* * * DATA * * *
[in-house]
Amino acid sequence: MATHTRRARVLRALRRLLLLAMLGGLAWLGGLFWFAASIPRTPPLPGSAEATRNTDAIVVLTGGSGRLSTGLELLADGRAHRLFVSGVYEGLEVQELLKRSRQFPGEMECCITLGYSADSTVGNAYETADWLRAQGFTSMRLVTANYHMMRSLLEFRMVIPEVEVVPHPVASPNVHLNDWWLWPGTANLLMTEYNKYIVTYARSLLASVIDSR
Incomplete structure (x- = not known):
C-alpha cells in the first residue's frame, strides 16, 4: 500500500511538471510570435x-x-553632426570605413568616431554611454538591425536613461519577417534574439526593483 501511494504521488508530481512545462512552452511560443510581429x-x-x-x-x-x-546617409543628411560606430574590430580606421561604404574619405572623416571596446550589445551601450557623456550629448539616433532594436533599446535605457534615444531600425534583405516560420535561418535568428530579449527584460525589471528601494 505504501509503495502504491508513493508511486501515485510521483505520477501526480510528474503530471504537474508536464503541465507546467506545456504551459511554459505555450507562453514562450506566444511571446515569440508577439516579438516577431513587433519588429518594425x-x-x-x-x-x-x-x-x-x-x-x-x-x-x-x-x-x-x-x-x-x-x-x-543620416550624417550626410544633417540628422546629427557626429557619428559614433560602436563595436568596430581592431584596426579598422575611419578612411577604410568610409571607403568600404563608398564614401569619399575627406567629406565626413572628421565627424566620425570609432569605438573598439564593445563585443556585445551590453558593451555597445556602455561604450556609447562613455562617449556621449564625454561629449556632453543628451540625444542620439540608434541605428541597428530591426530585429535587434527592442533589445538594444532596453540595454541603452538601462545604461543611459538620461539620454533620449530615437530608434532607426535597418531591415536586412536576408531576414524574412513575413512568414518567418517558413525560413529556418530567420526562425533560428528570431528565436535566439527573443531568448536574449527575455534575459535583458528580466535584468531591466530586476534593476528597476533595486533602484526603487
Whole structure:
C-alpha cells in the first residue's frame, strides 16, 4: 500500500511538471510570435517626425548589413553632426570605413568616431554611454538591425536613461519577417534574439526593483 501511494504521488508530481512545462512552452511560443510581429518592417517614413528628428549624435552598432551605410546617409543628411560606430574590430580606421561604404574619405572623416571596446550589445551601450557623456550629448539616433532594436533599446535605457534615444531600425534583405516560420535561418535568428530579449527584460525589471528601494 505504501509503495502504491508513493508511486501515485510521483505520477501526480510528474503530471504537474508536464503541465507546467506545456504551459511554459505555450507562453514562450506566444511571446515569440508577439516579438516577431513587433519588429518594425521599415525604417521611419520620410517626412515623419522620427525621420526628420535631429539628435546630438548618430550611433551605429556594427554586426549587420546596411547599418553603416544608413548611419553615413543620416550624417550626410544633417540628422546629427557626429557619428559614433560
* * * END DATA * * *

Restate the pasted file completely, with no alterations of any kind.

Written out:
[in-house]
Amino acid sequence: MATHTRRARVLRALRRLLLLAMLGGLAWLGGLFWFAASIPRTPPLPGSAEATRNTDAIVVLTGGSGRLSTGLELLADGRAHRLFVSGVYEGLEVQELLKRSRQFPGEMECCITLGYSADSTVGNAYETADWLRAQGFTSMRLVTANYHMMRSLLEFRMVIPEVEVVPHPVASPNVHLNDWWLWPGTANLLMTEYNKYIVTYARSLLASVIDSR
Incomplete structure (x- = not known):
C-alpha cells in the first residue's frame, strides 16, 4: 500500500511538471510570435x-x-553632426570605413568616431554611454538591425536613461519577417534574439526593483 501511494504521488508530481512545462512552452511560443510581429x-x-x-x-x-x-546617409543628411560606430574590430580606421561604404574619405572623416571596446550589445551601450557623456550629448539616433532594436533599446535605457534615444531600425534583405516560420535561418535568428530579449527584460525589471528601494 505504501509503495502504491508513493508511486501515485510521483505520477501526480510528474503530471504537474508536464503541465507546467506545456504551459511554459505555450507562453514562450506566444511571446515569440508577439516579438516577431513587433519588429518594425x-x-x-x-x-x-x-x-x-x-x-x-x-x-x-x-x-x-x-x-x-x-x-x-543620416550624417550626410544633417540628422546629427557626429557619428559614433560602436563595436568596430581592431584596426579598422575611419578612411577604410568610409571607403568600404563608398564614401569619399575627406567629406565626413572628421565627424566620425570609432569605438573598439564593445563585443556585445551590453558593451555597445556602455561604450556609447562613455562617449556621449564625454561629449556632453543628451540625444542620439540608434541605428541597428530591426530585429535587434527592442533589445538594444532596453540595454541603452538601462545604461543611459538620461539620454533620449530615437530608434532607426535597418531591415536586412536576408531576414524574412513575413512568414518567418517558413525560413529556418530567420526562425533560428528570431528565436535566439527573443531568448536574449527575455534575459535583458528580466535584468531591466530586476534593476528597476533595486533602484526603487
Whole structure:
C-alpha cells in the first residue's frame, strides 16, 4: 500500500511538471510570435517626425548589413553632426570605413568616431554611454538591425536613461519577417534574439526593483 501511494504521488508530481512545462512552452511560443510581429518592417517614413528628428549624435552598432551605410546617409543628411560606430574590430580606421561604404574619405572623416571596446550589445551601450557623456550629448539616433532594436533599446535605457534615444531600425534583405516560420535561418535568428530579449527584460525589471528601494 505504501509503495502504491508513493508511486501515485510521483505520477501526480510528474503530471504537474508536464503541465507546467506545456504551459511554459505555450507562453514562450506566444511571446515569440508577439516579438516577431513587433519588429518594425521599415525604417521611419520620410517626412515623419522620427525621420526628420535631429539628435546630438548618430550611433551605429556594427554586426549587420546596411547599418553603416544608413548611419553615413543620416550624417550626410544633417540628422546629427557626429557619428559614433560